Here’s Ian from the Faraday Institution”
    “they want £12bn invested in the UK battery industry”
    Suddenly Tom is in Cornwall … surely by diesel
    with blond female sciency voice
    “the government is certainly excited”
    Claim Cornish lithium brought up with geothermal will be carbon neutral
    in 3-5 years”

    • August 23, 2020 7:30 pm

      Cornwall voice was Lucy Crane @Lucyvtcrane
      claimed Cornwall will be producing UK batteries within 3-5 years
      … I reckon you can forget 3 years.
      The item seemed to be another GreenBlob advertorial at getting subsidy money for greendream projects.

  10. August 23, 2020 7:20 pm

    A particular feature of some life histories is variability in time to maturity. A fish has to “decide” when to mature. In populations that are subject to intense harvests, there is selection pressure to mature earlier, at smaller sizes. This is entirely logical if you think about it. You can grow your body exponentially, but at some point you have to switch resources to reproduction. The longer you wait the bigger you are and the more fecund you are – but you run a constant risk of being killed before you get there. In some fish populations older age classes have been greatly reduced by fishing mortality and individuals are maturing as soon as they can.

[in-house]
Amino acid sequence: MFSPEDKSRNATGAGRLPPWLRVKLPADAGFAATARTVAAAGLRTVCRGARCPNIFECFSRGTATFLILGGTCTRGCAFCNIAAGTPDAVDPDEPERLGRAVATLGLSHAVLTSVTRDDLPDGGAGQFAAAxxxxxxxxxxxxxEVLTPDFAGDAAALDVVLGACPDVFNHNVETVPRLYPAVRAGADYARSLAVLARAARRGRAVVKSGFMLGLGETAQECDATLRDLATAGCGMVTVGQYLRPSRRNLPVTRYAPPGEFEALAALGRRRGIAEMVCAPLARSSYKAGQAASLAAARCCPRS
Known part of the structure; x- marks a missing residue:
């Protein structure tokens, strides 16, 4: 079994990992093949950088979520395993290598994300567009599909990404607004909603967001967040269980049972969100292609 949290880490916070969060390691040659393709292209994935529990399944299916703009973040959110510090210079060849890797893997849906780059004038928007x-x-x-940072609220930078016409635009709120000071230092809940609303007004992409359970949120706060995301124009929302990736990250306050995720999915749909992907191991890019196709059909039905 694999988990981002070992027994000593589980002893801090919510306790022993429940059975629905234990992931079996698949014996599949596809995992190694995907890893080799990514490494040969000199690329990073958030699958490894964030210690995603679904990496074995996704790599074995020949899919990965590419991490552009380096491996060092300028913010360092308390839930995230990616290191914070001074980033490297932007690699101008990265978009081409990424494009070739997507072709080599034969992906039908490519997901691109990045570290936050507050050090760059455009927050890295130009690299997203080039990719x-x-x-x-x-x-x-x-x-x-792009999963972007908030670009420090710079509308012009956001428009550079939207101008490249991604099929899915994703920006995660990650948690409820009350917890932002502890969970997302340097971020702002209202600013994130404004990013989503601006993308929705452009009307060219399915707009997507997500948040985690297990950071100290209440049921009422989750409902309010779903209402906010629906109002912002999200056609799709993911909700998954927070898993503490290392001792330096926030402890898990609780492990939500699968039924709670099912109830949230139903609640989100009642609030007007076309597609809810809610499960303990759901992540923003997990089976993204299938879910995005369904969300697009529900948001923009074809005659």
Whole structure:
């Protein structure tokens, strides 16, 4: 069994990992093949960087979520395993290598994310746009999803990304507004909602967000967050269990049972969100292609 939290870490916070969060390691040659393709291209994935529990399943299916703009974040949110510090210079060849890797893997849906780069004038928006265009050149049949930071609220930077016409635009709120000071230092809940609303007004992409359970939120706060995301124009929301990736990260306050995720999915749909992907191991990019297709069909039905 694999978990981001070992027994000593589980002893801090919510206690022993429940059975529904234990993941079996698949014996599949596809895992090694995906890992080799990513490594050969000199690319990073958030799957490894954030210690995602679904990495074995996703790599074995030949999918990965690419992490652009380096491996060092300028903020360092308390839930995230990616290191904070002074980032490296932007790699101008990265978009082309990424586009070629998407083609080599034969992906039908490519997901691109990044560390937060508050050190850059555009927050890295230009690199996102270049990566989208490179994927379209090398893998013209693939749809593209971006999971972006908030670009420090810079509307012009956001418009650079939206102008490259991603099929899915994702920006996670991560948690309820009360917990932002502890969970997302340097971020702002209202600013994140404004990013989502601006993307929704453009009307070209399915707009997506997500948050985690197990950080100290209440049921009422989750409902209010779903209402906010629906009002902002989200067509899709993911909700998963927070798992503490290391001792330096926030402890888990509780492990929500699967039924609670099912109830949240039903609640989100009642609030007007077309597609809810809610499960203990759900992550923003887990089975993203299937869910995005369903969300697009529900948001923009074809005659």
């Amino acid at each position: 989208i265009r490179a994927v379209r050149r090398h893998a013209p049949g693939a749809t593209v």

When I visited the Lowestoft fish labs in the mid 80s, in one of their tanks they had a cod of vast dimensions called Boris. I am sure that today’s fishermen would be absolutely astonished to haul such a beast out of the deep.

    • mjr permalink
      August 24, 2020 6:59 pm

      I understand that fish moved on and got a job in politics . Still of vast dimensions and a face like a cod

  11. dearieme permalink
    August 23, 2020 7:43 pm

    “5 billion”: coo, that’s a lot. I’m so ignorant of the salmon biz that I have no idea why they release salmon into the Pacific.

    • August 23, 2020 8:40 pm

      I assume they breed far too many fish than they can hande, or sell

      • dave permalink
        August 24, 2020 11:58 am

        It is a deliberate release of young fish at the mouths of the spawning rivers. It replaces fish who perish in the river – the young suffer 90% predation travelling down the river after hatching. The fish that are released are of species that do not like to stay long in fresh water. So they head off to sea. One survey of salmon caught in open Alaskan waters showed that 34% of them originated from this restocking technique. Pacific salmon fishery has doubled in the last twenty years.

        It is extremely unlikely that salmon would even notices changes in the food chain, resulting from climate change, because they will eat absolutely bloody anything that moves. They are top predators and so their principal competition is from other top predators

    • MrGrimNasty permalink
      August 24, 2020 10:20 am